A birding and wildlife observation paradise tucked within the larger Common Pasture notable for its unique combination of wildlife habitat, historic agricultural use and important scenic qualities.
This wetland of the Little River watershed contains the kinds of natural resources that Indigenous people known as Algonquians relied on for a millennium or more, including the diverse grasses, waterfowl, reptiles, and amphibians. Where the colonists grazed their cattle, Indigenous peoples had hunted cervids such as the white-tailed deer.
Rare species such as the American Bittern, barn owl and blue-spotted salamander have been documented on the 1,000 acres used by colonists to pasture livestock in the 17th century.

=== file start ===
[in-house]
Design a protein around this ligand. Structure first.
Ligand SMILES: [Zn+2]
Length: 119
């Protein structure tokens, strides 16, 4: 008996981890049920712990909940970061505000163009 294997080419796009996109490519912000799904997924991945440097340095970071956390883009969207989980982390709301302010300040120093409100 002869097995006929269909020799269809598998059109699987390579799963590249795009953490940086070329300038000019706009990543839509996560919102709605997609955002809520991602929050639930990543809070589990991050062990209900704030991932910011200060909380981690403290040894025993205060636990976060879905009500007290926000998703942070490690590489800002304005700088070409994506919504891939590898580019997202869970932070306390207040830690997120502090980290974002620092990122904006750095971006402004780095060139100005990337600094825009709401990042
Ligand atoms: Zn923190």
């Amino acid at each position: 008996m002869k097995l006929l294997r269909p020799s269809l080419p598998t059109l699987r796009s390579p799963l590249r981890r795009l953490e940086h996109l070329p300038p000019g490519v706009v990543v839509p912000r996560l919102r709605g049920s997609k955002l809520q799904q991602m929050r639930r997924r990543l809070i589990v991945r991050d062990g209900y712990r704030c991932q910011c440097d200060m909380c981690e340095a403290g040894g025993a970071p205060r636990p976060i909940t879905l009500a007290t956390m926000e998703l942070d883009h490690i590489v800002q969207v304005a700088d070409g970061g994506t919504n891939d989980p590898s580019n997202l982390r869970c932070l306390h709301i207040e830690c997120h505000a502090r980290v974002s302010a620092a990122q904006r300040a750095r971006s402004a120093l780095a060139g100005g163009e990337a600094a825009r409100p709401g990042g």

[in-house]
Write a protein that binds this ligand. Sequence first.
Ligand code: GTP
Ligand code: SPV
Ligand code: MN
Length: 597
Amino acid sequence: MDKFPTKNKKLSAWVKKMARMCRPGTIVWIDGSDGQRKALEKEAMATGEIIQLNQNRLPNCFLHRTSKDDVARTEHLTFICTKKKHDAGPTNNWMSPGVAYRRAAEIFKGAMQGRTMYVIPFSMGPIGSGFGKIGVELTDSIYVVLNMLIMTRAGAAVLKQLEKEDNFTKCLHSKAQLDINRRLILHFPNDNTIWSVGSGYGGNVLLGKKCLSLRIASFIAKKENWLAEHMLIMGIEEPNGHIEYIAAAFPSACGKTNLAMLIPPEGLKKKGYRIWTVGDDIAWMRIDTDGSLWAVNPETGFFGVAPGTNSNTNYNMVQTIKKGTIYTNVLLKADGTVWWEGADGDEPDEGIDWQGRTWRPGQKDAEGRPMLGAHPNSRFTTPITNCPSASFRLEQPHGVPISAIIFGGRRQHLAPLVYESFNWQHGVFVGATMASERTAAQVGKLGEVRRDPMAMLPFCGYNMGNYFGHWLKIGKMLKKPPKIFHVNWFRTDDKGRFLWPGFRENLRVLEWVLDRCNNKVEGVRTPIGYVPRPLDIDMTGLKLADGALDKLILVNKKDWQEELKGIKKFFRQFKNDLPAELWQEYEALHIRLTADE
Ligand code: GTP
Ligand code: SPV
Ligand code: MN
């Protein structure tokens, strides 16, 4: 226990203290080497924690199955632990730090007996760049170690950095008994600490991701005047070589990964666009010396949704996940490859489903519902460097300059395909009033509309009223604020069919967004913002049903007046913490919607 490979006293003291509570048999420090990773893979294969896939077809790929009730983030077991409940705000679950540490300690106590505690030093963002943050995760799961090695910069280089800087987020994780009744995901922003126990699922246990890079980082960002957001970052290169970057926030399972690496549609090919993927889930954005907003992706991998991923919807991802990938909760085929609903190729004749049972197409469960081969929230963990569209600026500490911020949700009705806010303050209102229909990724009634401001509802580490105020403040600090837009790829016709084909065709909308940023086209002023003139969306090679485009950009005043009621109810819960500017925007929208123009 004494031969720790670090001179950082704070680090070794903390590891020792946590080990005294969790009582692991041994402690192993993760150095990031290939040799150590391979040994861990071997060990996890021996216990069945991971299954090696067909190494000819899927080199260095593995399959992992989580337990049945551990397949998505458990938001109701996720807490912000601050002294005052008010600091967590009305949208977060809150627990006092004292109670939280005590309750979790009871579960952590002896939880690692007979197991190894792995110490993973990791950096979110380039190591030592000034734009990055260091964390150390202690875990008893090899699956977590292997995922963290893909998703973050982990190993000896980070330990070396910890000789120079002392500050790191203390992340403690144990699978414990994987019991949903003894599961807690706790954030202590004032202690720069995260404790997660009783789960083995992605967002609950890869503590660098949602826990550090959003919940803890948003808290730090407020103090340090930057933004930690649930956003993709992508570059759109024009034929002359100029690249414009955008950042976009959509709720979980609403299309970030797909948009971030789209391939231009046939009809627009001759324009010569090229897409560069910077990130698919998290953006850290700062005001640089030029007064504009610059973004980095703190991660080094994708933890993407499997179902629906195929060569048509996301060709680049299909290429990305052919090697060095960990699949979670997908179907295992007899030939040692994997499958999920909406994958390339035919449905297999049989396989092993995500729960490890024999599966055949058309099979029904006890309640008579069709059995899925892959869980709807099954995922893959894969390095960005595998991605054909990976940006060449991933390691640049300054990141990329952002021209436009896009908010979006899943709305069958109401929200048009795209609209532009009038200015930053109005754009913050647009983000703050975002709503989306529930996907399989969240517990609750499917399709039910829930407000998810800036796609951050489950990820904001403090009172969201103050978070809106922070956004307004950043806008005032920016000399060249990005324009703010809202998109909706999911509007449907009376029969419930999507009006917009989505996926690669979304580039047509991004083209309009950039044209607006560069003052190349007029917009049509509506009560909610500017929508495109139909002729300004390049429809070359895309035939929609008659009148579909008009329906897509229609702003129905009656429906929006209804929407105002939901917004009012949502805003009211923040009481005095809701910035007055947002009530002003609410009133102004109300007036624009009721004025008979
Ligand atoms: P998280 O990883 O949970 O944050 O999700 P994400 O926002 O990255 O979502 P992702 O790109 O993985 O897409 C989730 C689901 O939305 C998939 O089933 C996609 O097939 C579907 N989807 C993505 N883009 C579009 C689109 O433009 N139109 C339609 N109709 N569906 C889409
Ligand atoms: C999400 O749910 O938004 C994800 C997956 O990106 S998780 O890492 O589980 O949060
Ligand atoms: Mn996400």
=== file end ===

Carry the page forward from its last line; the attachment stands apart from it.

Flora & Fauna
Centuries of grazing have maintained a flat, wet grassland habitat. Standing water contributes to a rich diversity of sedges, rushes and other wetland grasses.
See common snipe in April and May. Killdeer nest in the area, and when the water table is high, look for dabbling ducks and various waterfowl.
Greenbelt is grateful to several professional and staff photographers whose work is featured prominently within our website.
Thank you Jerry Monkman / ecophotography.com, Lynne Holton, Kindra Clineff, Adrian Scholes and John Raleigh.